Of Carpets, Slaves and India's Stolen Children
Arthur J Pais
Exposing the inhuman conditions in which millions of children work and live is a mission for film-makers Kate Blewett and Brian Woods.
But the film-makers and activists who work mostly from London are not content with the celluloid exposure. They take their films not just to film festivals, but also to human rights organizations.
They take their films, such as EM>Innocents Abroad, to community groups, asking them to influence the public to boycott goods produced by chidren under slave conditions.
Their latest work, The Carpet Slaves: Stolen Children of India, will be aired on April 26 in America. It premiered on March 26.
Blewett and Woods, who have covered child slavery in more than a dozen countries, including China, Guatemala and Greece, claim that the produce of over 300,000 children working under duress ends up being sold in chic shops not only in America but in over two dozen affluent nations.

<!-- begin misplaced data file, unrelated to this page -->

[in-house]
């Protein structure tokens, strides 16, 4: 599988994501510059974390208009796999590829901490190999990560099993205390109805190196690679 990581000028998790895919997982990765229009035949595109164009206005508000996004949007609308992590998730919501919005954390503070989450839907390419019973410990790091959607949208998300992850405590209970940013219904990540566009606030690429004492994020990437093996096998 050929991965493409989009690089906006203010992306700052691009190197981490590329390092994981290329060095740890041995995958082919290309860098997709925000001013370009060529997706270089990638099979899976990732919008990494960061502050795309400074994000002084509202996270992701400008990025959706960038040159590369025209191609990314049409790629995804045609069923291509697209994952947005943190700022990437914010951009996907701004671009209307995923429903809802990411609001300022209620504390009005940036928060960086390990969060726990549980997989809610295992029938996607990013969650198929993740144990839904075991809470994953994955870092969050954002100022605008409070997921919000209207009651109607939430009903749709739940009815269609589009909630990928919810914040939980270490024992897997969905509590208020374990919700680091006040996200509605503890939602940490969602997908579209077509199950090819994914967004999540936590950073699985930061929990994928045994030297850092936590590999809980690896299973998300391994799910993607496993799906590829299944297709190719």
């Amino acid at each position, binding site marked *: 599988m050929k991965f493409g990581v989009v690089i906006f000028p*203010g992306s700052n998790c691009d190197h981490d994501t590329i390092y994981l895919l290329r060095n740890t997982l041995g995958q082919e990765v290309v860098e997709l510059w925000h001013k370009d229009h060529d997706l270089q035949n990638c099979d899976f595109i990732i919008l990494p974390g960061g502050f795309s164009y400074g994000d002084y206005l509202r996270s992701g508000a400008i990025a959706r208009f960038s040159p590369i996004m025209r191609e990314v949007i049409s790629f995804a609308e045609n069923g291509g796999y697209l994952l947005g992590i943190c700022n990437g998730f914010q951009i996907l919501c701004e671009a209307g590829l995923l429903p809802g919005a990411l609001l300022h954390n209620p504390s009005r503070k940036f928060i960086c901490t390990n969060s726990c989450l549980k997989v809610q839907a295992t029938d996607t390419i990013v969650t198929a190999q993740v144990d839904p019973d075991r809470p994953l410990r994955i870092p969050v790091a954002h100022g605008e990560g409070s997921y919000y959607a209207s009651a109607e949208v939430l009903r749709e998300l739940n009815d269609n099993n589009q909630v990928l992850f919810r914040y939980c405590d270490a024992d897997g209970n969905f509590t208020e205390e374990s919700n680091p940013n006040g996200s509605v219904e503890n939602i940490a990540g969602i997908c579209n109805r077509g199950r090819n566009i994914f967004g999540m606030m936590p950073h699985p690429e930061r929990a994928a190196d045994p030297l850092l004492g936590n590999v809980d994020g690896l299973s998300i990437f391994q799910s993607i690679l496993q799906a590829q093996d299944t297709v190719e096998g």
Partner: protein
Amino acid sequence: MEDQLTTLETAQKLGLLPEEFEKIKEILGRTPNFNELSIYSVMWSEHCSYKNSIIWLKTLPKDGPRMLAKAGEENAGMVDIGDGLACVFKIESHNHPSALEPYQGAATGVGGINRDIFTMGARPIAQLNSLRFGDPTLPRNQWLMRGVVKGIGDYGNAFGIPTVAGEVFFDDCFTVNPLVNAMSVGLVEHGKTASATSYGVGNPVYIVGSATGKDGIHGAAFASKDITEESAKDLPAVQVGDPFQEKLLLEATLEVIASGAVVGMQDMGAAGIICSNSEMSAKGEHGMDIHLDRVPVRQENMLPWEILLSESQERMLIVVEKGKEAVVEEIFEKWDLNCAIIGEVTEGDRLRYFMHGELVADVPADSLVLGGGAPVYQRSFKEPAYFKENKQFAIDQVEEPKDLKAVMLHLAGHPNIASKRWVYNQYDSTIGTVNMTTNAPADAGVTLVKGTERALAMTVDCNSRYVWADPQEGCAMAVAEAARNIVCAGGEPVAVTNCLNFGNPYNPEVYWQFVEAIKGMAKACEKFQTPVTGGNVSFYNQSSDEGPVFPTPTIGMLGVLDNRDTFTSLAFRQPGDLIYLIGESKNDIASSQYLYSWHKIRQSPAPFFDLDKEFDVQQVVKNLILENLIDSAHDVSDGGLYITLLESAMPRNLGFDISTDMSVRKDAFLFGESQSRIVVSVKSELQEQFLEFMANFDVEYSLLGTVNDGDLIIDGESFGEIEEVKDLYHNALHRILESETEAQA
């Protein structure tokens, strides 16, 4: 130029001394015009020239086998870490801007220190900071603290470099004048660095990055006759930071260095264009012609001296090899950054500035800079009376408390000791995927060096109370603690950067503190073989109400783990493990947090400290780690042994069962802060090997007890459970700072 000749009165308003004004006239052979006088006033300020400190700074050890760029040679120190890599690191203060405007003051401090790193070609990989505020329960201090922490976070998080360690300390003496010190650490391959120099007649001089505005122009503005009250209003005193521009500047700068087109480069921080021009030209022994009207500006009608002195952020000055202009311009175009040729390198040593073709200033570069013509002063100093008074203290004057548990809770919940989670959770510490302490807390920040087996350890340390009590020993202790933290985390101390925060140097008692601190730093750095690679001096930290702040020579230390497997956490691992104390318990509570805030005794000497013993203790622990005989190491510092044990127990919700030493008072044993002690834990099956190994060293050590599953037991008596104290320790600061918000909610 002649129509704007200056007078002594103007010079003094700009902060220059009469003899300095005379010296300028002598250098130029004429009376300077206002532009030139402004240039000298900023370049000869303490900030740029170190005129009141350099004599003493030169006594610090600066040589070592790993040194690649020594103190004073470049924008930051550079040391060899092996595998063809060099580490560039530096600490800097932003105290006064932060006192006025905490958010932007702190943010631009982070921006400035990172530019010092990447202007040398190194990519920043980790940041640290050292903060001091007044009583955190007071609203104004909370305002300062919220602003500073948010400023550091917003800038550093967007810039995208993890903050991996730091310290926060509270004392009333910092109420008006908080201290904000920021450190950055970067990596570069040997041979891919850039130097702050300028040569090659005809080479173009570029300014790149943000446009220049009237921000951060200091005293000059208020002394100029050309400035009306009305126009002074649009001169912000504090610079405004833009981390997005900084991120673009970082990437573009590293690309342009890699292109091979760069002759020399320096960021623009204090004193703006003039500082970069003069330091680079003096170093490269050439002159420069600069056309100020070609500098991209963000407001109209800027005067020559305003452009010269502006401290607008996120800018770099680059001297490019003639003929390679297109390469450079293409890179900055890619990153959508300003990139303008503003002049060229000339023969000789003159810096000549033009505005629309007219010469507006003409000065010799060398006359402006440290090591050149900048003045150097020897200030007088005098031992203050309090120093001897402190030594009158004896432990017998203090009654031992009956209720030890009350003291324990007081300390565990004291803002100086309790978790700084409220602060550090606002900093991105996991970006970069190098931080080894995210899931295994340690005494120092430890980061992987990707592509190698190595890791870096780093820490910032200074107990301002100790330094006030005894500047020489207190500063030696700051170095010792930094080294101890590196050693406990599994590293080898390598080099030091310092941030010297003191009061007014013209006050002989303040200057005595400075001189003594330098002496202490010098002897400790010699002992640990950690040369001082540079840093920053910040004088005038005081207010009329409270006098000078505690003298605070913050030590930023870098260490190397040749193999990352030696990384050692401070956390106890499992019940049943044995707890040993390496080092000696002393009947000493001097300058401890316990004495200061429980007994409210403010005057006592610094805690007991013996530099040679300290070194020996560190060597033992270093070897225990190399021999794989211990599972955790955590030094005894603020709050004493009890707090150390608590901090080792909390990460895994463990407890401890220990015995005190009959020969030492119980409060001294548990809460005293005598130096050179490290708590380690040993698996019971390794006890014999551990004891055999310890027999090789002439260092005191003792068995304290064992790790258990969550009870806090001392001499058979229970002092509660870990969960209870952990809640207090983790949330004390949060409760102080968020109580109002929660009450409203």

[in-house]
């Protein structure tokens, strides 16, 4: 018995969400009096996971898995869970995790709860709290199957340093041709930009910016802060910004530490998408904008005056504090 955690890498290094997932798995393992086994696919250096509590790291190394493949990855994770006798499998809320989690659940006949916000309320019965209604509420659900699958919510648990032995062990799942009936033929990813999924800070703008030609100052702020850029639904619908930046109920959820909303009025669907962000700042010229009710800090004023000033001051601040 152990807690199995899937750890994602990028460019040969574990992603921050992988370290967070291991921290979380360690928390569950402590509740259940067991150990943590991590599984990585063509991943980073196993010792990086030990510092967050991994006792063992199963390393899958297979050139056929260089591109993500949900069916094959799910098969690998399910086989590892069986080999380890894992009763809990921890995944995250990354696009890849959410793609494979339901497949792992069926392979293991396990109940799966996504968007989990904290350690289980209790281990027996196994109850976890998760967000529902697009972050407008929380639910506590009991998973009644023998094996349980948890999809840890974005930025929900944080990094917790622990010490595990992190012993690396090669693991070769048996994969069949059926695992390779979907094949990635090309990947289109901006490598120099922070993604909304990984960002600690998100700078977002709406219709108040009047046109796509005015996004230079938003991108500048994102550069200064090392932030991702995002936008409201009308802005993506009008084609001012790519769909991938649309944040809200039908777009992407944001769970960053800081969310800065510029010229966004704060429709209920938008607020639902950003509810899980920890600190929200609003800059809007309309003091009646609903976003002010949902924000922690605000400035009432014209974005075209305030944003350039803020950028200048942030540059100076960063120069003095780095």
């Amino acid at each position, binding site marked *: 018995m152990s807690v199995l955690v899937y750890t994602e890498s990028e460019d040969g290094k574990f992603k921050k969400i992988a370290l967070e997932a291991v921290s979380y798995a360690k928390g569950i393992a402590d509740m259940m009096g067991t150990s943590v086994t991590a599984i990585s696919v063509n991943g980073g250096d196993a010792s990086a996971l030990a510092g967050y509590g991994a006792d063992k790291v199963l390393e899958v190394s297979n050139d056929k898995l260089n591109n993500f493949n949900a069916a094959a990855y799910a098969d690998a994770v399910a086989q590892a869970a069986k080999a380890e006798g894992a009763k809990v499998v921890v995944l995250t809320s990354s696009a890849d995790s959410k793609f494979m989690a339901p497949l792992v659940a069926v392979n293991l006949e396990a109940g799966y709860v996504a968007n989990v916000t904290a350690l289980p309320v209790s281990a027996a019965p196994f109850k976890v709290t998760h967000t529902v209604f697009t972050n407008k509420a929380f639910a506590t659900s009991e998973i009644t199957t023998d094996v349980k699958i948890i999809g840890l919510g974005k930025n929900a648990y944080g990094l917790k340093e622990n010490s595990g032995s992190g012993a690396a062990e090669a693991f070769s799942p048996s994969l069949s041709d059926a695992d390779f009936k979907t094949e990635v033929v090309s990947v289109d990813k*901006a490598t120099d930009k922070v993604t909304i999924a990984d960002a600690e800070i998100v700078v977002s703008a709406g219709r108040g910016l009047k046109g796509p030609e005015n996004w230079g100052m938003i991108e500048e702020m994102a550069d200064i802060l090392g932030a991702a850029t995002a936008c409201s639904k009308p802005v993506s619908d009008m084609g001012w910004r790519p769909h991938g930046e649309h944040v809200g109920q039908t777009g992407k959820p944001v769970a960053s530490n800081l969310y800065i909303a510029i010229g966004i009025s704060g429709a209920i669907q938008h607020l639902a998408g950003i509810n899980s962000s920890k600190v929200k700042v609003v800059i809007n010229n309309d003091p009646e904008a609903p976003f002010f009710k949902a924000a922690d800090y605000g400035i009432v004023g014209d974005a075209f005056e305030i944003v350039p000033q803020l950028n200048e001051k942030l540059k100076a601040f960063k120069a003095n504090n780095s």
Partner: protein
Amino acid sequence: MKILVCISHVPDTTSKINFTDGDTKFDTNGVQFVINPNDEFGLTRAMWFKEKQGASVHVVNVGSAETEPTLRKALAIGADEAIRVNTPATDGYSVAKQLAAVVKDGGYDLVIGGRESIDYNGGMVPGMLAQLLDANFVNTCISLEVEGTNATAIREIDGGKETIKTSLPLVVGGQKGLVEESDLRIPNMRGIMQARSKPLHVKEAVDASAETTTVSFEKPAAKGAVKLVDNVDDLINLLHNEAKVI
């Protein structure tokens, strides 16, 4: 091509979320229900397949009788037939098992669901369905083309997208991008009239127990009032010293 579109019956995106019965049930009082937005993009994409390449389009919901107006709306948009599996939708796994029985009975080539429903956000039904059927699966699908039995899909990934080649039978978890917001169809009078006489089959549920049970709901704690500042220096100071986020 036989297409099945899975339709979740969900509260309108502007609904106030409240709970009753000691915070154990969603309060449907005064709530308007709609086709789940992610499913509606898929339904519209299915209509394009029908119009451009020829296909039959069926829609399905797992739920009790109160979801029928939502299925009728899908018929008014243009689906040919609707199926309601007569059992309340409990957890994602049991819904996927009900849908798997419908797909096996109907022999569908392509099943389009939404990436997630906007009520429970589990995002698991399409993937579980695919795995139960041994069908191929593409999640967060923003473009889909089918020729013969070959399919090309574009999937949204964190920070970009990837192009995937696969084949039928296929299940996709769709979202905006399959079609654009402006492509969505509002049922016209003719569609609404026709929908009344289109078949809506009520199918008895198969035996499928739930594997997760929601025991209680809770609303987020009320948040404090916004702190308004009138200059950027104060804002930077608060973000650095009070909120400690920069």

The 47-minute-long The Carpet Slaves... focuses on children working in poorly lit, unhygienic and dangerous carpet factories in such states as Uttar Pradesh. Though a UNICEF-backed organization stamps rugs that are not produced with slave labour, the film-makers note, not too many shops are stocking such rugs, since they are more expensive to purchase.
One of the best-known works of Blewett and Woods is The Dying Rooms, which exposed how female babies are allowed to die in many Chinese orphanages because the authorities think they will be less productive than males.
In Innocents Lost, they also focus, among other things, on how young boys are kidnapped from Bangladesh and other countries and forced to work as camel jockeys in Saudi Arabia and other Arab countries.
(The Carpet Slaves will be shown on Cinemax East at 6.40 am and three hours later on Cinemax West.)